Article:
The Trees of Tree Town
Guerin Wilkinson, owner of Green Street Tree Care and another School of Natural Resources alumnus, agrees with the need for variety--but also sees the virtues of symmetry. "There's this argument that we did so badly with elms and ashes because we overused them and didn't diversify," he says. "You don't want 50 percent of your trees to be all one species. But to take one bald cypress from the Southern swamps, put it next to some untested ornamental tree from Asia and a disease-resistant American elm, and it's this hodgepodge of stripes and plaids with no fashion sense. Why not have a street of hackberries? It's so much nicer when you've got that view, like France with alleys of sycamores or lindens, and they make these spectacular shows."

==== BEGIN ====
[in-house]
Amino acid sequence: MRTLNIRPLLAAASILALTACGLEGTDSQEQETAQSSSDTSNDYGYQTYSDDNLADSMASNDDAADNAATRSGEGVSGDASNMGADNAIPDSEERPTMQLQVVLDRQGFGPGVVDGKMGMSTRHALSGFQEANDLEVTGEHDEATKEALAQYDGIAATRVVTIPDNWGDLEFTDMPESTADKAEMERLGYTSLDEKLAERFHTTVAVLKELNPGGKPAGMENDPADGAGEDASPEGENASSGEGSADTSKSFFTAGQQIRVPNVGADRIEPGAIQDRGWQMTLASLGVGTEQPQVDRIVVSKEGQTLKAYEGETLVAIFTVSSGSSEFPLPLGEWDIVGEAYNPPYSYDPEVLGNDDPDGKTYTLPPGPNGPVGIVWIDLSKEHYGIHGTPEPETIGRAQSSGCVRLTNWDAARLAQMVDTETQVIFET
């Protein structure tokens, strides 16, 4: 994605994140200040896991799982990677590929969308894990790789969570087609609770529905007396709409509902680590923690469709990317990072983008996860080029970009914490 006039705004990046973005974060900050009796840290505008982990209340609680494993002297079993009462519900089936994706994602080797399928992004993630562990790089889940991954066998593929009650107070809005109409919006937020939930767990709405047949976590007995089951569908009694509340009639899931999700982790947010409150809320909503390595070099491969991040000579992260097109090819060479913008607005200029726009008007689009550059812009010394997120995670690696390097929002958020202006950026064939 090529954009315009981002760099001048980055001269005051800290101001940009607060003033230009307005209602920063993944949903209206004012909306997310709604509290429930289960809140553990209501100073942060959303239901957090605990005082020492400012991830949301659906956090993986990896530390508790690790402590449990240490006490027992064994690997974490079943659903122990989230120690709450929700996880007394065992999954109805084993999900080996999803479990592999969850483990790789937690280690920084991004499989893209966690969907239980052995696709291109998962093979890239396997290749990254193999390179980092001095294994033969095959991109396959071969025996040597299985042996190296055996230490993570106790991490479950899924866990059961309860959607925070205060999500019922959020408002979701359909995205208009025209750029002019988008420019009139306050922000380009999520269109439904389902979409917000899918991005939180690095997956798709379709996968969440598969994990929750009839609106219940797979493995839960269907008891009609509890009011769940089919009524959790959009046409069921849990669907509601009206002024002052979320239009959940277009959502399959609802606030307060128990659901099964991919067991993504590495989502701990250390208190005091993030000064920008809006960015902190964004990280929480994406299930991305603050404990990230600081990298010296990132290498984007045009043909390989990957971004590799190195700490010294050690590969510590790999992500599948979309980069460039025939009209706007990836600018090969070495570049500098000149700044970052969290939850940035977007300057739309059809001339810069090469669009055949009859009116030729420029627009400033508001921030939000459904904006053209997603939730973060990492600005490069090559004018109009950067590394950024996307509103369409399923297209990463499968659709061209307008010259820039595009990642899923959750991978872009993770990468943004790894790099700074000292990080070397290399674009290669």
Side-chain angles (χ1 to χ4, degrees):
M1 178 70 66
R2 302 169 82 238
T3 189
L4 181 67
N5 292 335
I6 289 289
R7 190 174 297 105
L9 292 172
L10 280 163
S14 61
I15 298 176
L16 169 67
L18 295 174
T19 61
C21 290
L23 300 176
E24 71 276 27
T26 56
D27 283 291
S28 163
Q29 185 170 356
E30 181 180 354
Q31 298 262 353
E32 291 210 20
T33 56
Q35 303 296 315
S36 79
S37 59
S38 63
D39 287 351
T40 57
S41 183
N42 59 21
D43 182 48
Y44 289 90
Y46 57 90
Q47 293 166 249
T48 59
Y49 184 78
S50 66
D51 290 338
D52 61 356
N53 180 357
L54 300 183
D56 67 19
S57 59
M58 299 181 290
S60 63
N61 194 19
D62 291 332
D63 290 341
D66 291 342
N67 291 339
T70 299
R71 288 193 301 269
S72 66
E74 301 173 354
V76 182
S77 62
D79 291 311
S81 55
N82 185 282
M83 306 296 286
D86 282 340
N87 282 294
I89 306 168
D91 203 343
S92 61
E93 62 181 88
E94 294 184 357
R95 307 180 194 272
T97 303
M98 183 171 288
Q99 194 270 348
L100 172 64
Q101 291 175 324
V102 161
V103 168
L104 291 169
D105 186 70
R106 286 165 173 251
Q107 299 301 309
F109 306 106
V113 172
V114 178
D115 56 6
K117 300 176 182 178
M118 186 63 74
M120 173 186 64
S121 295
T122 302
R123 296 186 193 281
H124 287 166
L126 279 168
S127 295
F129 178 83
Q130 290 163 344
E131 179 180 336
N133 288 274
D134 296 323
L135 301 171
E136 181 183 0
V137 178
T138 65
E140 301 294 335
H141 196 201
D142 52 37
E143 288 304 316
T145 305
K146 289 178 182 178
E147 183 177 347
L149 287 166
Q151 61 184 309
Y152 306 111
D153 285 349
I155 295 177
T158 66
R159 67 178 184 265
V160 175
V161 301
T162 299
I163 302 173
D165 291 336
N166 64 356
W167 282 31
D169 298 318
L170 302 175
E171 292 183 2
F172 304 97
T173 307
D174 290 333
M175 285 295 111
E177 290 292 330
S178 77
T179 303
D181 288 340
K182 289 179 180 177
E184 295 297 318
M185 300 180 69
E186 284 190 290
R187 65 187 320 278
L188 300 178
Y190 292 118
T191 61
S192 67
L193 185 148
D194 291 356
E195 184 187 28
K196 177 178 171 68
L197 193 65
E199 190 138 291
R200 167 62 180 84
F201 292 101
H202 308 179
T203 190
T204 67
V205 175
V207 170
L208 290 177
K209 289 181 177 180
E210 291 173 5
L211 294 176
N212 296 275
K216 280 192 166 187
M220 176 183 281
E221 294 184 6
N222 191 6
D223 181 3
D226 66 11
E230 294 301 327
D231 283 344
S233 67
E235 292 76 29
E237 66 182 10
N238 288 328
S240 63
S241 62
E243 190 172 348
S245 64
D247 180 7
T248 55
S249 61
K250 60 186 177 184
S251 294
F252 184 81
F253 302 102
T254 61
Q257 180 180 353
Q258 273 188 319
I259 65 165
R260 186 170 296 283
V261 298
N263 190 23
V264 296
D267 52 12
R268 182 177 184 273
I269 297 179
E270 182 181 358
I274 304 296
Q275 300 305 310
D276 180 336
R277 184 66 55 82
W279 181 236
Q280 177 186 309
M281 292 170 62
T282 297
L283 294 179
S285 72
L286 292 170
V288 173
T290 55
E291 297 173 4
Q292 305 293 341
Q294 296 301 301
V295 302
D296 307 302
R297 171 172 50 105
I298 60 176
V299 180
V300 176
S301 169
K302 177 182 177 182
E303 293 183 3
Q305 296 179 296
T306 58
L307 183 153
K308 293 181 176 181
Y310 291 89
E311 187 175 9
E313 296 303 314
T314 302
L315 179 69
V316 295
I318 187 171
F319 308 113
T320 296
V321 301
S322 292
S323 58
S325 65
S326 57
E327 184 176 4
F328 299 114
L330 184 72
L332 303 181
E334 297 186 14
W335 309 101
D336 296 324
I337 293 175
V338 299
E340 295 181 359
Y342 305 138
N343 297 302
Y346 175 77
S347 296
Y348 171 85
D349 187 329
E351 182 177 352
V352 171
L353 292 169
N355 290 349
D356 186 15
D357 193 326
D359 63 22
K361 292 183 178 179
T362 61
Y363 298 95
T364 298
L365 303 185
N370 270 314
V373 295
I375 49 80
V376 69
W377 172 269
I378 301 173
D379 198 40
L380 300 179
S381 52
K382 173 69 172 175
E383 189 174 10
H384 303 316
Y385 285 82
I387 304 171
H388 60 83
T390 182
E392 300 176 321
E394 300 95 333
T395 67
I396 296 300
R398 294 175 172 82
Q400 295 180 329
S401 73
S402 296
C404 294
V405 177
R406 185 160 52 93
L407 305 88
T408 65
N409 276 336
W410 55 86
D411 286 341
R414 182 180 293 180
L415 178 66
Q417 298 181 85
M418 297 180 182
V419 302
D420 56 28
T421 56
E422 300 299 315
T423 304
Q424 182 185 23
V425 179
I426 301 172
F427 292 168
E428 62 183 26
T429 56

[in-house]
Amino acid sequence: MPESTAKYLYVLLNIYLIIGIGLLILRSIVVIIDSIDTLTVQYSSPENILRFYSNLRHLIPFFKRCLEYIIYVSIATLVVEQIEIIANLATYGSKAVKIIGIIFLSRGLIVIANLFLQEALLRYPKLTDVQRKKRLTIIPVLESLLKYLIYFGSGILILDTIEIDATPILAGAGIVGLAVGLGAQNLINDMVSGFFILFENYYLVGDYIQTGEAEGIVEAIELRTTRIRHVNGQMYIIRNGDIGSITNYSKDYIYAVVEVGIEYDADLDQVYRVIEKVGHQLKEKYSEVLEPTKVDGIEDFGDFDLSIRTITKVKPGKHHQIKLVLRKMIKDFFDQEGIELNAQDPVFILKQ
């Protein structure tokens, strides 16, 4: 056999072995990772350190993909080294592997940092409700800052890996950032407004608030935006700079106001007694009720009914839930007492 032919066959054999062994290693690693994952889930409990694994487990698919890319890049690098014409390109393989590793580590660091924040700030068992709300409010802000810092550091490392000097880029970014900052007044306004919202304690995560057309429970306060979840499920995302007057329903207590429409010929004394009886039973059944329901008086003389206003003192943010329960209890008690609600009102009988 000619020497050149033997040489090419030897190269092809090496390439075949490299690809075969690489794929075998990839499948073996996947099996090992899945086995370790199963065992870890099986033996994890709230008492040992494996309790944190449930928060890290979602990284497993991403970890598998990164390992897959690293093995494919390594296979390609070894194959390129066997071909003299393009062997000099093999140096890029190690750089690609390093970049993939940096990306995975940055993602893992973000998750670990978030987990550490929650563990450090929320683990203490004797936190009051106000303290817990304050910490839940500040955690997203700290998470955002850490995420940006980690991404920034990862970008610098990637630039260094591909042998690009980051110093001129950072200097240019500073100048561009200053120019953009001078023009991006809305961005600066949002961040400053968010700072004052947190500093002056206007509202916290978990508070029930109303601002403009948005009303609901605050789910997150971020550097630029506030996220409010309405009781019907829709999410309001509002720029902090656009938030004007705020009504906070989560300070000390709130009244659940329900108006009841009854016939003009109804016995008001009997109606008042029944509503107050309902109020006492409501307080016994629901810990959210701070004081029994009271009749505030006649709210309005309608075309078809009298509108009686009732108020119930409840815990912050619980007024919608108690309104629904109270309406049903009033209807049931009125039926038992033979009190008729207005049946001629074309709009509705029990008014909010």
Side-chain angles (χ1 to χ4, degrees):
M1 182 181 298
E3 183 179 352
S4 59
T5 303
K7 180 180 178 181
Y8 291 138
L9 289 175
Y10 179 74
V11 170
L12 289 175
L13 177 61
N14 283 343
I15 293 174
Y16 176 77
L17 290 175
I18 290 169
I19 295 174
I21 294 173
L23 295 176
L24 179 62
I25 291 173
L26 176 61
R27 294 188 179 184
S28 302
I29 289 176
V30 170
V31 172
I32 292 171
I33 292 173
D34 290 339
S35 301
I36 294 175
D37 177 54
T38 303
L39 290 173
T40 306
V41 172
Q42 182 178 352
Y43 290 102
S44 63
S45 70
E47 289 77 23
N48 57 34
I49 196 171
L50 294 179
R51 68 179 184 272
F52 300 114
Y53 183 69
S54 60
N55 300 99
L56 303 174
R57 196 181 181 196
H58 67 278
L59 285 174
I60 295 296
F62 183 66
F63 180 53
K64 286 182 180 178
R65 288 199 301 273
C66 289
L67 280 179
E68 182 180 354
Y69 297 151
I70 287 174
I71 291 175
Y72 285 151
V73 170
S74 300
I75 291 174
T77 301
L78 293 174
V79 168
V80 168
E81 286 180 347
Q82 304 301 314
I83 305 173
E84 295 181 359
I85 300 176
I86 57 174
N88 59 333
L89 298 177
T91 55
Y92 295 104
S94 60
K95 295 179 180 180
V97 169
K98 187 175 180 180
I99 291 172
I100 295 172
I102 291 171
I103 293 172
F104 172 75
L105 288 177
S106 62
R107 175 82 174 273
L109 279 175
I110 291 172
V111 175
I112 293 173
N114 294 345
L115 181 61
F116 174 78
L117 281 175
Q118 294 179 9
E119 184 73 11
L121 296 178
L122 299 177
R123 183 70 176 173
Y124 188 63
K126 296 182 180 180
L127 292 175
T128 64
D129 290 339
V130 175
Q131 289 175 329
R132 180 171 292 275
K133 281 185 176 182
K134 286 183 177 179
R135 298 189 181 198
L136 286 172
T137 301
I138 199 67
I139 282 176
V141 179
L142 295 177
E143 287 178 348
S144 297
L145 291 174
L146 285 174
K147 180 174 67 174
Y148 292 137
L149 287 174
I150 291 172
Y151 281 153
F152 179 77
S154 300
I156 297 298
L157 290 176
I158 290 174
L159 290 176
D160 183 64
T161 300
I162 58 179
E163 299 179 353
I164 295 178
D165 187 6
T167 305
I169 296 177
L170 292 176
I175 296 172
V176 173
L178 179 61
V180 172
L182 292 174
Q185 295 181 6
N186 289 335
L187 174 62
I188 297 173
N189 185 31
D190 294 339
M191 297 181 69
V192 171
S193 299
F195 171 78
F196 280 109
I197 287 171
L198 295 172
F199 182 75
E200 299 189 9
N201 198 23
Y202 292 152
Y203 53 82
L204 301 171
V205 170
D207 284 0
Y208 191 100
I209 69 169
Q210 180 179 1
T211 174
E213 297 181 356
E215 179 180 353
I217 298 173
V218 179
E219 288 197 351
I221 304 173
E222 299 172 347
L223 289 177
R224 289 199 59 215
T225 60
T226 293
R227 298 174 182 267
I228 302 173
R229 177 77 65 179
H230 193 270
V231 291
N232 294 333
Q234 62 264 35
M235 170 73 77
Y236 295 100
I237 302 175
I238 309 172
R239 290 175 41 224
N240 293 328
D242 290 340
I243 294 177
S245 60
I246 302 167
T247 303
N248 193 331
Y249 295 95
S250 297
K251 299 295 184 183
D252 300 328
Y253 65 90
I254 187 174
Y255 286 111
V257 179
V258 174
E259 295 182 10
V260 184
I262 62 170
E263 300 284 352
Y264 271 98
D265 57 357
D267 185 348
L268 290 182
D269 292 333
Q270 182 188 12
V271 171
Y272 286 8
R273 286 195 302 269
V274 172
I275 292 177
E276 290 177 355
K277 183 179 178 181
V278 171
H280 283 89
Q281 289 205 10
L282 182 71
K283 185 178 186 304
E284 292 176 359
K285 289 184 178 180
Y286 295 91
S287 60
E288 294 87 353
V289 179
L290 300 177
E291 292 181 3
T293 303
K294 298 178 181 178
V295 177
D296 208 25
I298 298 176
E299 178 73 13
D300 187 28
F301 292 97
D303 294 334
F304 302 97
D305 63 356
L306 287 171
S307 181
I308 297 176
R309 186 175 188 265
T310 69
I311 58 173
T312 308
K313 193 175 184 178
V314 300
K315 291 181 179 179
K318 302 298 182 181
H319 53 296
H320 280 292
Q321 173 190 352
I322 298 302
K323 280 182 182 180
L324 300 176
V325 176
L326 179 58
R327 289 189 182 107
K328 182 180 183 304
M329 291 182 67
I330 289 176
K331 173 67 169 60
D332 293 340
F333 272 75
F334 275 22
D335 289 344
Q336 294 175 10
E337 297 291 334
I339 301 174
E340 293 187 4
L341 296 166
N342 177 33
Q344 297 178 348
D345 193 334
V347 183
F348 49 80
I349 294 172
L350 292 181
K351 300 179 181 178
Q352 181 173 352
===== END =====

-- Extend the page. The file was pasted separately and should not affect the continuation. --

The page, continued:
"Our main goal is to preserve, protect, maintain, and expand Ann Arbor's tree canopy and urban forest," says Kerry Gray, the city urban forestry and natural resources planner who's overseeing the new plan. A key change, she writes in a later email, is "to develop a proactive tree maintenance program [for] publicly managed trees emphasizing routine pruning, removals and care. A routine pruning program is more efficient, cost effective and improves the quality, condition and value of the urban forest."